One of the most truly evil corporations of all time was I.G. Farben. Not the name of a person, as a casual reader of Thomas Pynchon's masterpiece Gravity's Rainbow might think--as I did when I first read it.
I.G. as it was notoriously known, was a conglomerate, composed of the so-called "Big Six:"
I.G. was soulless. It produced Zyklon B, the gas used by the SS in the Auschwitz death camp and other extermination camps of the Third Reich.
More than that, it was an enthusiastic participant in the Holocaust. The camp was not a single entity, but a complex:
- Auschwitz I, the original and vast concentration camp with hundreds of thousands of inmates,
- Auschwitz II, the extermination center of gassing chambers and crematory ovens at Birkenau,
- Auschwitz III, the I.G. Buna and synthetic fuel works,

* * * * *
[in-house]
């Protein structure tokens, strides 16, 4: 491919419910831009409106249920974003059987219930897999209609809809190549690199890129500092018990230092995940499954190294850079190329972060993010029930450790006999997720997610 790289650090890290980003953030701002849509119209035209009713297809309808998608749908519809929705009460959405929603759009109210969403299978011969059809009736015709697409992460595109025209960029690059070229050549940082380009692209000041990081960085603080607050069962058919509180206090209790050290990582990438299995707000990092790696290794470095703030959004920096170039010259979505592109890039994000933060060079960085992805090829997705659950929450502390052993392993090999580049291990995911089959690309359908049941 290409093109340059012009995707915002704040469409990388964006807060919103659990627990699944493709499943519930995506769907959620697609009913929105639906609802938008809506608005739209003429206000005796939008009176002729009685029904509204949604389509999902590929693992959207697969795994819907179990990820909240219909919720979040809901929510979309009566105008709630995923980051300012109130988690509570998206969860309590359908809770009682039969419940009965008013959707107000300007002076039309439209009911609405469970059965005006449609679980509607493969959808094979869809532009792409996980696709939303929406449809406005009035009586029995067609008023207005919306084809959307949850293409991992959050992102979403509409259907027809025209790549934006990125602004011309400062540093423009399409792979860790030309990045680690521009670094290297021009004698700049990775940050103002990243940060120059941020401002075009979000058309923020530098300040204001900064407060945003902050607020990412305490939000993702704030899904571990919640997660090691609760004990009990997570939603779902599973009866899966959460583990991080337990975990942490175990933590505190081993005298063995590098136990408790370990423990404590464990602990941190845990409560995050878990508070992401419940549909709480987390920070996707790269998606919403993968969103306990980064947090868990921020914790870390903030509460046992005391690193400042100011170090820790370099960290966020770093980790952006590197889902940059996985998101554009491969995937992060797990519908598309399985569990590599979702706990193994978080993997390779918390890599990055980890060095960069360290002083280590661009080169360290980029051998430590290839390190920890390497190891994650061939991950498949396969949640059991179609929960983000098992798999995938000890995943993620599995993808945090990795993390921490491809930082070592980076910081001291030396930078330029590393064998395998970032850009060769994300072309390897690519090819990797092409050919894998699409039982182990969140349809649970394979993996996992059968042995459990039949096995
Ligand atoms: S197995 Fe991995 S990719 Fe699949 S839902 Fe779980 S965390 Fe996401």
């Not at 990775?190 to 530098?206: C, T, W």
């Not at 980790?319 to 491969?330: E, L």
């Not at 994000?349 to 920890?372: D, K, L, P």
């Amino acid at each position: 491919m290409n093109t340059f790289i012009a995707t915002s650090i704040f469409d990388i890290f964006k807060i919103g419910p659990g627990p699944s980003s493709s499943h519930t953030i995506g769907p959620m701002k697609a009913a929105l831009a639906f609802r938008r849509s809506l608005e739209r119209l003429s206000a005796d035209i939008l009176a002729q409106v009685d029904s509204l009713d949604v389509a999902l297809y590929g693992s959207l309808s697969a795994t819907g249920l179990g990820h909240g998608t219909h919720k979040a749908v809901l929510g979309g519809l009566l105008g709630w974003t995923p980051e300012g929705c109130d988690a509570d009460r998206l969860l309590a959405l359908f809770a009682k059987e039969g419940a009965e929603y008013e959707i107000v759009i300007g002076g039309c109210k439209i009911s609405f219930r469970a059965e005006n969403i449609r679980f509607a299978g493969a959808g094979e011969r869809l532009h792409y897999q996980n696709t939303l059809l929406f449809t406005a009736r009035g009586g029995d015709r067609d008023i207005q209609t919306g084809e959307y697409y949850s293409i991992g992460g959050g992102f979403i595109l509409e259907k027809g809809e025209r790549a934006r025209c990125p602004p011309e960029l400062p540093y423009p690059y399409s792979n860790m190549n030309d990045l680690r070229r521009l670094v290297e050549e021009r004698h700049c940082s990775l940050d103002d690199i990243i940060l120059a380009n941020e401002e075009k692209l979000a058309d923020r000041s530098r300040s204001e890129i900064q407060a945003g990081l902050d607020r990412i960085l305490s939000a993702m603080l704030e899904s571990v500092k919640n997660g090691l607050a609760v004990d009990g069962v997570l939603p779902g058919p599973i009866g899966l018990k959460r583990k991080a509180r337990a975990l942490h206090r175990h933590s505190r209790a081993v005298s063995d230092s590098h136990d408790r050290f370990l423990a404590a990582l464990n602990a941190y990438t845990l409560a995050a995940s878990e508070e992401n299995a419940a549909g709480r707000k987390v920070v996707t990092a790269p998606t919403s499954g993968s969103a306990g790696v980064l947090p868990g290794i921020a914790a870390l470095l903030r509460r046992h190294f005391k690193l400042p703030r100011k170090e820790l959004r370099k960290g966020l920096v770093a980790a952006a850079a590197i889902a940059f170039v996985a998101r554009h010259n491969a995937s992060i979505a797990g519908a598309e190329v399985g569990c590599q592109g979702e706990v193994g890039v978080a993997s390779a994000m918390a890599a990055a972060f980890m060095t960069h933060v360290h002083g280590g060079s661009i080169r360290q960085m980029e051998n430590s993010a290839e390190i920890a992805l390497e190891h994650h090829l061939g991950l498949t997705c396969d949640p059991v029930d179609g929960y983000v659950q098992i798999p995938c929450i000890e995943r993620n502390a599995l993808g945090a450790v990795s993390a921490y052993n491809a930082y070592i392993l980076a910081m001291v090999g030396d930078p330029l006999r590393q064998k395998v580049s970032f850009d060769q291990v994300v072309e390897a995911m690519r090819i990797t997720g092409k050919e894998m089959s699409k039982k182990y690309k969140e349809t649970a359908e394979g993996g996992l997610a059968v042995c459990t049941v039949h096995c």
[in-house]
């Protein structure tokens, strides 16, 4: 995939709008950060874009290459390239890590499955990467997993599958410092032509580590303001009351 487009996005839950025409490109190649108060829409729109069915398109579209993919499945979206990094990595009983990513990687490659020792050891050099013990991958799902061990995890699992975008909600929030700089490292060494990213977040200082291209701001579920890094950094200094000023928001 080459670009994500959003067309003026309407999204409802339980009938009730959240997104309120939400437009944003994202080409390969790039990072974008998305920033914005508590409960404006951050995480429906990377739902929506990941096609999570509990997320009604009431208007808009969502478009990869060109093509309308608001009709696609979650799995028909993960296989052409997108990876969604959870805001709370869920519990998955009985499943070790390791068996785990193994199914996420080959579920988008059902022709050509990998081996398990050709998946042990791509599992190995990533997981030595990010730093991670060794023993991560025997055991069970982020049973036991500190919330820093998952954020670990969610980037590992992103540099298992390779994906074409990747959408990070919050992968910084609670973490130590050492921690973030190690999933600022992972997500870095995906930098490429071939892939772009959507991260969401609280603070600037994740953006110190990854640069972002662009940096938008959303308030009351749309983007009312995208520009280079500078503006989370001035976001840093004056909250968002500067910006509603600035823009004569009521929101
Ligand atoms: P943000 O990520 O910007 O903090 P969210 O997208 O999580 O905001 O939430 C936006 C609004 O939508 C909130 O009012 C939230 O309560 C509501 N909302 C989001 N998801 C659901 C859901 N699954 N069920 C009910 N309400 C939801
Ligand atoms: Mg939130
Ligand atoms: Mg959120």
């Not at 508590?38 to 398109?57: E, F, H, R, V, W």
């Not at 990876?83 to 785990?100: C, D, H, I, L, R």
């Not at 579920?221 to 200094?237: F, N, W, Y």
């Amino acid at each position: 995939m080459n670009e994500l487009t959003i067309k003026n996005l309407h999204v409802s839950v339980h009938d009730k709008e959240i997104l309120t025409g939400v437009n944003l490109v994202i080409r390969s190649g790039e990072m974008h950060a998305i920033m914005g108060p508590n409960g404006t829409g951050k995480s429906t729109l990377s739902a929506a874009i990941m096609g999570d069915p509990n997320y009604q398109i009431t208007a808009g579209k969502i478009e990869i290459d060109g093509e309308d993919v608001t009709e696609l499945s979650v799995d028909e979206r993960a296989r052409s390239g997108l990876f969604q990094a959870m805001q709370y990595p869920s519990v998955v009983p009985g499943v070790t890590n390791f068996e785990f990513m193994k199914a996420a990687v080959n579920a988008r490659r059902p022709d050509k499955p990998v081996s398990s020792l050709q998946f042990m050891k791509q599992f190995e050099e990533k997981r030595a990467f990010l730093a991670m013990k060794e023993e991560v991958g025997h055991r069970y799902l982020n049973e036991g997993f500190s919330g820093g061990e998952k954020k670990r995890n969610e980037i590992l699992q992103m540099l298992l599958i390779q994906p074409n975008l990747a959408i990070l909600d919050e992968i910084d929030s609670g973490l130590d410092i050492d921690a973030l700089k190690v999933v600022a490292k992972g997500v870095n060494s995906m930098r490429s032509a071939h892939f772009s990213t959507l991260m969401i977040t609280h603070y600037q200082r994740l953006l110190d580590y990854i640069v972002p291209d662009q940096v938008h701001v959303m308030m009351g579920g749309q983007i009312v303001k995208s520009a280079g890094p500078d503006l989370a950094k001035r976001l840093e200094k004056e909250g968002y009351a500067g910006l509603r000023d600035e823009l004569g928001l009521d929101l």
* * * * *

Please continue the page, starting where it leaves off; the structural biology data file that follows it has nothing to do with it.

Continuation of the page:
- Auschwitz IV, I.G.'s own concentration camp at Monowitz.
Over the entrance to Auschwitz were the words Arbeit Macht Frei.
After World War II, I.G. and its officers mostly got off. What a surprise! It was only business after all.
And the companies redivided into many of the units that we have come to know so well, brands that we don't even think about. Each of them is now far bigger than I.G. ever was.
Other corporations were similarly involved in the Nazi war effort, an earlier version of the military-industrial complex. Some have finally been called to account, at least symbolically, to pay some reparations for the vast amounts of profit they made on slave labour.
There is a lesson here for those who read history.